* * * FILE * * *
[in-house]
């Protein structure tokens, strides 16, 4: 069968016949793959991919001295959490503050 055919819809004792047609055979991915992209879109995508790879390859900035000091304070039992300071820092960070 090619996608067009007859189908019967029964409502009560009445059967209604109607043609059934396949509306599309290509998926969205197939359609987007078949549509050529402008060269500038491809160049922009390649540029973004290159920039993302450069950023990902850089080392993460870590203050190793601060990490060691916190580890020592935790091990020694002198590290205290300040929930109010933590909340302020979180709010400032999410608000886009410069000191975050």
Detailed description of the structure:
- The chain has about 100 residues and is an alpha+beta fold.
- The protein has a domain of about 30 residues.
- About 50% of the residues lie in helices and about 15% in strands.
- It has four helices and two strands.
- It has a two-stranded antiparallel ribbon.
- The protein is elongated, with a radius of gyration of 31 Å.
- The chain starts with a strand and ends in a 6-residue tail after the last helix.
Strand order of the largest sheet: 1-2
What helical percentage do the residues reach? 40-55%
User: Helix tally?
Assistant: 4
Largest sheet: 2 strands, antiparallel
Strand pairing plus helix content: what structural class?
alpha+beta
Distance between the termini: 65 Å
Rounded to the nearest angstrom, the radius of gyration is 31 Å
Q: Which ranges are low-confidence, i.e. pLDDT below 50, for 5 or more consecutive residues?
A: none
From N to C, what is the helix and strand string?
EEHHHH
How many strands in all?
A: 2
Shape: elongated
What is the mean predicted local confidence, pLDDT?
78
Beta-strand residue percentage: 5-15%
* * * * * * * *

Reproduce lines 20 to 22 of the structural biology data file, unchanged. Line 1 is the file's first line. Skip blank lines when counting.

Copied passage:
Q: Which ranges are low-confidence, i.e. pLDDT below 50, for 5 or more consecutive residues?
A: none
From N to C, what is the helix and strand string?